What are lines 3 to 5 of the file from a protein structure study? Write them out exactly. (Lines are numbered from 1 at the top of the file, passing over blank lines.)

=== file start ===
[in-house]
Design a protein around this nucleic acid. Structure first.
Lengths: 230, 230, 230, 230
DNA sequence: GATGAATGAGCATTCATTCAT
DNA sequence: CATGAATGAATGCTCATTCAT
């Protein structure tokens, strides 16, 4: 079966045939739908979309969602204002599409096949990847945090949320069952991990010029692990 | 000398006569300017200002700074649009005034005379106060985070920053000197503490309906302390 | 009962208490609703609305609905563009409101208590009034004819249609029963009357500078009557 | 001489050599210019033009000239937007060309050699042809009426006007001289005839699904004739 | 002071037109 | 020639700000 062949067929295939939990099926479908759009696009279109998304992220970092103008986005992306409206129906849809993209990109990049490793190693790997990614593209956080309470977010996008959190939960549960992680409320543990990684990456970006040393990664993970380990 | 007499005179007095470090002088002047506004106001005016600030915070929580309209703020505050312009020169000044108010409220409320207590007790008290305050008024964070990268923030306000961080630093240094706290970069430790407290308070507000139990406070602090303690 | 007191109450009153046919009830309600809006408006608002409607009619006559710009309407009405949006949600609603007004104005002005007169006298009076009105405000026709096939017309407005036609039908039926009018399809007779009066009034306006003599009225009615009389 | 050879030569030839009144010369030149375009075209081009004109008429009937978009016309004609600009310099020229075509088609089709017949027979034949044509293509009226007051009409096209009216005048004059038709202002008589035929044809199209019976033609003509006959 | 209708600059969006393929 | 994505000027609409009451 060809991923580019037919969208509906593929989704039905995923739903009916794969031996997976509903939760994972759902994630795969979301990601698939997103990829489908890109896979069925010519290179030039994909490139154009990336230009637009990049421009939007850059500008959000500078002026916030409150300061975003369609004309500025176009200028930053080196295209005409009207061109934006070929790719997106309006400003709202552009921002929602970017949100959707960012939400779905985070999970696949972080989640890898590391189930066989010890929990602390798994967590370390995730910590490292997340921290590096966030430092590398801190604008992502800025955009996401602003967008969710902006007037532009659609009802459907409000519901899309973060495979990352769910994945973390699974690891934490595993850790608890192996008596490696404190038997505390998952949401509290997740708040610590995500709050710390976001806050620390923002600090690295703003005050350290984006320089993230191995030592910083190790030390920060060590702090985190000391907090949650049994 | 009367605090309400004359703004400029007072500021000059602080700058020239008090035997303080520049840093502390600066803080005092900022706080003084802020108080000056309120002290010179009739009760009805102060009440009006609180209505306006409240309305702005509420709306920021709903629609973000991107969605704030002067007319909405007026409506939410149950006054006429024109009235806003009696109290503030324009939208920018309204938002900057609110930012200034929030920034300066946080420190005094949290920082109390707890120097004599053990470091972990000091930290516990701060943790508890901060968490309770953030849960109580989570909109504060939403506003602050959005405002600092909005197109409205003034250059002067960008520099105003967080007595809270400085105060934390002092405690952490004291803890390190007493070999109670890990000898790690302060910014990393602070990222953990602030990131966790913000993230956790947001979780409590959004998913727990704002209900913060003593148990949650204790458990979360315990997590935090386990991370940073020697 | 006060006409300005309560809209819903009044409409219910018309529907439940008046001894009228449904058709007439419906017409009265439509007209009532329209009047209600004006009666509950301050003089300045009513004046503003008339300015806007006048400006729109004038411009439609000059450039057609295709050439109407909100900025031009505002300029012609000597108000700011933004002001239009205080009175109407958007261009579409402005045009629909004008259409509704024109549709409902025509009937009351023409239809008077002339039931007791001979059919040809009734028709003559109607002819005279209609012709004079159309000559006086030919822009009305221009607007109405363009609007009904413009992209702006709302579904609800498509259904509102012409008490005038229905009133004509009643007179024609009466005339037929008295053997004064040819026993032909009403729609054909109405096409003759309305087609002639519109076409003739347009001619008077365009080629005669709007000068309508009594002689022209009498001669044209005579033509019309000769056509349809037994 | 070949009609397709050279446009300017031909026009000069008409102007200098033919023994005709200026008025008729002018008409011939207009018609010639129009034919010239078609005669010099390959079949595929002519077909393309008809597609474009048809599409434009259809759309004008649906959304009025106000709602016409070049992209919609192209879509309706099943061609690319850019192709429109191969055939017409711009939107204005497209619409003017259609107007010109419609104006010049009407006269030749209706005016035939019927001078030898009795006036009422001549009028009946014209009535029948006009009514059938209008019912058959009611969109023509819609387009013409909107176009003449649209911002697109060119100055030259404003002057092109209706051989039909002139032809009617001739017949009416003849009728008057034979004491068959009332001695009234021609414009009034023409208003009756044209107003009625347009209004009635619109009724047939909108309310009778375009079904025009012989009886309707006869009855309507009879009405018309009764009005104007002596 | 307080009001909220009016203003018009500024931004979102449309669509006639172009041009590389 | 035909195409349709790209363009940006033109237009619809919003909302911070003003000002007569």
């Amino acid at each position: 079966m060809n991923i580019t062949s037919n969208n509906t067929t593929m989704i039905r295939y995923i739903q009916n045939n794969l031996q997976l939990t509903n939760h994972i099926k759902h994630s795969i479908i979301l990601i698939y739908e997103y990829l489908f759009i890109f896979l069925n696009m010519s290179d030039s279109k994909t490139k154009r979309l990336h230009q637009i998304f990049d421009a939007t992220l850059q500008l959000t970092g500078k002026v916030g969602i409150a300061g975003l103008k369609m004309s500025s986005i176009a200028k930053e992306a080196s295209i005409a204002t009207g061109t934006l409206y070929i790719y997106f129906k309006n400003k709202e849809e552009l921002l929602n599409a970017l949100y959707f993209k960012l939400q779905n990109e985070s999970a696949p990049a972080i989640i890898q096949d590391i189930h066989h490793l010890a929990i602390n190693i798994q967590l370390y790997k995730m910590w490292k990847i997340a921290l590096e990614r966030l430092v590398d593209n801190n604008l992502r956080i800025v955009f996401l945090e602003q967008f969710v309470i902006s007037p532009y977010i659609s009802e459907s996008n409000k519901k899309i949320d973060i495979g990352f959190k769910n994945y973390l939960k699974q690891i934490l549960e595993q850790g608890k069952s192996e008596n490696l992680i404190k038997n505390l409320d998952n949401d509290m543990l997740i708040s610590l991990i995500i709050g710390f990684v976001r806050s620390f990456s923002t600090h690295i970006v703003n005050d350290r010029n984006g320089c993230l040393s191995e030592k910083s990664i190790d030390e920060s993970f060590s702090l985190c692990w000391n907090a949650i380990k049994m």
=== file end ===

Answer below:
Lengths: 230, 230, 230, 230
DNA sequence: GATGAATGAGCATTCATTCAT
DNA sequence: CATGAATGAATGCTCATTCAT